Special exit permits are only be given for those with valid reasons, including the need for special health treatments for a diagnosed illnesses, he said.

World's highest drug levels entering India stream

The Jakarta Post, Margie Mason, The Associated Press ,Patancheru, Mon, 01/26/2009
When researchers analyzed vials of treated wastewater taken from a plant where about 90 Indian drug factories dump their residues, they were shocked. Enough of a single, powerful antibiotic was being spewed into one stream each day to treat every person in a city of 90,000. 

Water tested near Hyderabad
 contains some of the highest 
environmental drug levels known.
And it wasn't just ciprofloxacin being detected. The supposedly cleaned water was a floating medicine cabinet — a soup of 21 different active pharmaceutical ingredients, used in generics for treatment of hypertension, heart disease, chronic liver ailments, depression, gonorrhea, ulcers and other ailments. Half of the drugs measured at the highest levels of pharmaceuticals ever detected in the environment, researchers say. 

Those Indian factories produce drugs for much of the world, including many Americans. The result: Some of India's poor are unwittingly consuming an array of chemicals that may be harmful, and could lead to the proliferation of drug-resistant bacteria.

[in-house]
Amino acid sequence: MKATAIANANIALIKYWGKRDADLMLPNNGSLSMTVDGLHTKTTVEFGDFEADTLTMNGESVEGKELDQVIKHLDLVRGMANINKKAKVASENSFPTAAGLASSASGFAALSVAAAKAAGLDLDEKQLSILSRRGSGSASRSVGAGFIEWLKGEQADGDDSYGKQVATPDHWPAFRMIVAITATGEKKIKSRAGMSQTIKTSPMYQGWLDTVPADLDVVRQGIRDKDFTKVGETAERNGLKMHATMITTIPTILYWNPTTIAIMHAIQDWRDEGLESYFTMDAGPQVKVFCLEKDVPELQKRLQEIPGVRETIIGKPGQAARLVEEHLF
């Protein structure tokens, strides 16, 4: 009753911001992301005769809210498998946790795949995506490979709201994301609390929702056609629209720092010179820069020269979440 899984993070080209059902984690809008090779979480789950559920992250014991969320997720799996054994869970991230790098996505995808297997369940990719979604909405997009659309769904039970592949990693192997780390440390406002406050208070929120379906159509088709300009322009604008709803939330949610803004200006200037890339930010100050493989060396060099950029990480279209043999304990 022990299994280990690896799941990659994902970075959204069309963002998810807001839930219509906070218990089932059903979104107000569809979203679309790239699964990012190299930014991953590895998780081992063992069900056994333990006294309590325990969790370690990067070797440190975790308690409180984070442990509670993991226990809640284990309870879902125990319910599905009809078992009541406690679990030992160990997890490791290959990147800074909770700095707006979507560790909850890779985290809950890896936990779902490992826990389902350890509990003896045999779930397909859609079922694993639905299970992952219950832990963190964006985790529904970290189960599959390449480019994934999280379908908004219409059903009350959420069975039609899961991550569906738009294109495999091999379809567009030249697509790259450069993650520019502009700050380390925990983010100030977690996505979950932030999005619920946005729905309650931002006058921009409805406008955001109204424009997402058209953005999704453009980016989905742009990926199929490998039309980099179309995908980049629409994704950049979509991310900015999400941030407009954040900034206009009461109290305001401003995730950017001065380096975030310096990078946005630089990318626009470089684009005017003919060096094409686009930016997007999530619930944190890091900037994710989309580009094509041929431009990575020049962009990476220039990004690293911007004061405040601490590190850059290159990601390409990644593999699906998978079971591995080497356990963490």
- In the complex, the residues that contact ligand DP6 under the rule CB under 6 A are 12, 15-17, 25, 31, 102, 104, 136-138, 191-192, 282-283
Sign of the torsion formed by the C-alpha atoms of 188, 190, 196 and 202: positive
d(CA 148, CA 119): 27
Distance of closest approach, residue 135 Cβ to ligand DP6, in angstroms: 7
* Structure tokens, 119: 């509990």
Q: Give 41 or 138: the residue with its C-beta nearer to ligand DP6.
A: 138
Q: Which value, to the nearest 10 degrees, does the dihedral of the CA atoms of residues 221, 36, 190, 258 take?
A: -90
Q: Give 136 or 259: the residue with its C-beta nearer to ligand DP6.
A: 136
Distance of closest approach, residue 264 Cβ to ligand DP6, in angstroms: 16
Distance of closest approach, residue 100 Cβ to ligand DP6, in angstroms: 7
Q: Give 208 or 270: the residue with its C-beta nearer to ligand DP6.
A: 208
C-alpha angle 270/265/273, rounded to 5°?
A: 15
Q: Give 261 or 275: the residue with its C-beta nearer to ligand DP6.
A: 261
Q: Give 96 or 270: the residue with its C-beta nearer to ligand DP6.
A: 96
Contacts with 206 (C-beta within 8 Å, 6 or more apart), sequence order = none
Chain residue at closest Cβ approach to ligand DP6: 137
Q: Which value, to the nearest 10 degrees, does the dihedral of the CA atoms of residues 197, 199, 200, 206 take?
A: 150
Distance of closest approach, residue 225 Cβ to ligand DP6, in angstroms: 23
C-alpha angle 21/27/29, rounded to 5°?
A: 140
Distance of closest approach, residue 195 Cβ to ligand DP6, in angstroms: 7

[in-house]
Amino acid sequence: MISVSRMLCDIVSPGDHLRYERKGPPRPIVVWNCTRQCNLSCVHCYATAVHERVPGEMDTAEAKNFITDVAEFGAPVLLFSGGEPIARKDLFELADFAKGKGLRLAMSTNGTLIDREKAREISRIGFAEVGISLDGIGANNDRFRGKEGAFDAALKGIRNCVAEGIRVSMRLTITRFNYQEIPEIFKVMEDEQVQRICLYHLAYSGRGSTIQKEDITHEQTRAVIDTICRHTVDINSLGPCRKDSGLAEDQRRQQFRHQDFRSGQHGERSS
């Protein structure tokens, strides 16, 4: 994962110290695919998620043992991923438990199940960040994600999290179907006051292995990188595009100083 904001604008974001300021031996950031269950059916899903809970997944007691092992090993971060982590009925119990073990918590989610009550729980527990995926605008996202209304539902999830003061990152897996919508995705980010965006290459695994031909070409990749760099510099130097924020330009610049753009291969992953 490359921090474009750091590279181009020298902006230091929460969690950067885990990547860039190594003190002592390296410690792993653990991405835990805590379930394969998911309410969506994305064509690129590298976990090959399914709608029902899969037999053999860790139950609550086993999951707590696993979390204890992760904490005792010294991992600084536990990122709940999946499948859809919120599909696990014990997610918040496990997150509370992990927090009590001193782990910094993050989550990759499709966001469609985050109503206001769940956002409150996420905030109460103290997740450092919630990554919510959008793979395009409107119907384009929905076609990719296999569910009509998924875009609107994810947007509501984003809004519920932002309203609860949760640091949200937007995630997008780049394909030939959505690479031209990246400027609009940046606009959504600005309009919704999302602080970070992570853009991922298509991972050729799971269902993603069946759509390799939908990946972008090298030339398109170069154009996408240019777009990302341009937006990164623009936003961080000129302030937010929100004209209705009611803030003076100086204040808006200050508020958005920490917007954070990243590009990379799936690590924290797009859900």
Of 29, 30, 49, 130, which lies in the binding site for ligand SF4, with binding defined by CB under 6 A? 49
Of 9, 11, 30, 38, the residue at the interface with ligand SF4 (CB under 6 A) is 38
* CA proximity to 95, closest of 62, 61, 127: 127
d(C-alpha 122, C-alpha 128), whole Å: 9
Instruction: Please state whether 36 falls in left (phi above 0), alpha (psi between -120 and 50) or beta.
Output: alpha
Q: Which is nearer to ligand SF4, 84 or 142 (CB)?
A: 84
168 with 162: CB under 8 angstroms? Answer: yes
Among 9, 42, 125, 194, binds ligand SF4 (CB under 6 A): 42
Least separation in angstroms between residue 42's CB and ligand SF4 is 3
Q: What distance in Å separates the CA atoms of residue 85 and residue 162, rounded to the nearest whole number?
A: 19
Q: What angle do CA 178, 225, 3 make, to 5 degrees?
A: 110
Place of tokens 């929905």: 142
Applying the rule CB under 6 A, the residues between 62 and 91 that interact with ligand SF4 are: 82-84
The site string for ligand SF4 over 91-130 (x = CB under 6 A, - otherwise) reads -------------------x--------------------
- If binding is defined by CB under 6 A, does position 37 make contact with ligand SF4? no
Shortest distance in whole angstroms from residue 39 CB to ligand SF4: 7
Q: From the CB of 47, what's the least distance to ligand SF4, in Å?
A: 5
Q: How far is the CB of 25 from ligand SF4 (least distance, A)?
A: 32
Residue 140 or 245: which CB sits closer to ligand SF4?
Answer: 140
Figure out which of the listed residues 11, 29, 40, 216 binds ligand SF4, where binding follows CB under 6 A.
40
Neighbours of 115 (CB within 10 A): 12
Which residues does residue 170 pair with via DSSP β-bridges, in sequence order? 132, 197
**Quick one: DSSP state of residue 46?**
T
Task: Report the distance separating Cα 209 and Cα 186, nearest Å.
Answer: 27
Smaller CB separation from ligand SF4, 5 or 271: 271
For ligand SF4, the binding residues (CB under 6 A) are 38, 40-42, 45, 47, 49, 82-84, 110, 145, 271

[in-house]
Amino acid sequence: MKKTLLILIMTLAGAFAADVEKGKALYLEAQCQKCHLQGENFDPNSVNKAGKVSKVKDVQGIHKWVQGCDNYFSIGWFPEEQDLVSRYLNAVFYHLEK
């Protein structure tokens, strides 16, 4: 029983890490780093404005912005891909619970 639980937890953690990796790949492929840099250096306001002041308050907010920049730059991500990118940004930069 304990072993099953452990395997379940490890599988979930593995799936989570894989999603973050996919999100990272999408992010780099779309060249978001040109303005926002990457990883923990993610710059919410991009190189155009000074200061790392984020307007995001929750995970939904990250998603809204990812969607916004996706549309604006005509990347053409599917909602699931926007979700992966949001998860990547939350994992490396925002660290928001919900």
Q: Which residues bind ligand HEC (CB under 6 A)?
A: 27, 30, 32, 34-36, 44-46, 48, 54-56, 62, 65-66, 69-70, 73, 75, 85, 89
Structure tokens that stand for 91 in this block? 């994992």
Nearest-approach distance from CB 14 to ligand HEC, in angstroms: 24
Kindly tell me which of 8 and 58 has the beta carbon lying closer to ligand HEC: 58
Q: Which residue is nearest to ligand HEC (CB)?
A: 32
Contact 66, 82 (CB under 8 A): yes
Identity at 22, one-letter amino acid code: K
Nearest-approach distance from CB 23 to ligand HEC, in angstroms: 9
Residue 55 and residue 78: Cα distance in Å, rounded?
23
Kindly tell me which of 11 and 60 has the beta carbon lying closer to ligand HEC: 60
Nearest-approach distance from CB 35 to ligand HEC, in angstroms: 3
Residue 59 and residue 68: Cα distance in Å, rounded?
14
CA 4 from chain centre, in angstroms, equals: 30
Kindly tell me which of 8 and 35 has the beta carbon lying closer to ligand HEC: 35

"If you take a bath there, then you have all the antibiotics you need for treatment," said chemist Klaus Kuemmerer at the University of Freiburg Medical Center in Germany, an expert on drug resistance in the environment who did not participate in the research. "If you just swallow a few gasps of water, you're treated for everything. The question is for how long?" 

Last year, The Associated Press reported that trace concentrations of pharmaceuticals had been found in drinking water provided to at least 46 million Americans. But the wastewater downstream from the Indian plants contained 150 times the highest levels detected in the U.S. 
At first, Joakim Larsson, an environmental scientist at the University of Gothenburg in Sweden, questioned whether 100 pounds a day of ciprofloxacin could really be running into the stream. The researcher was so baffled by the unprecedented results he sent the samples to a second lab for independent analysis.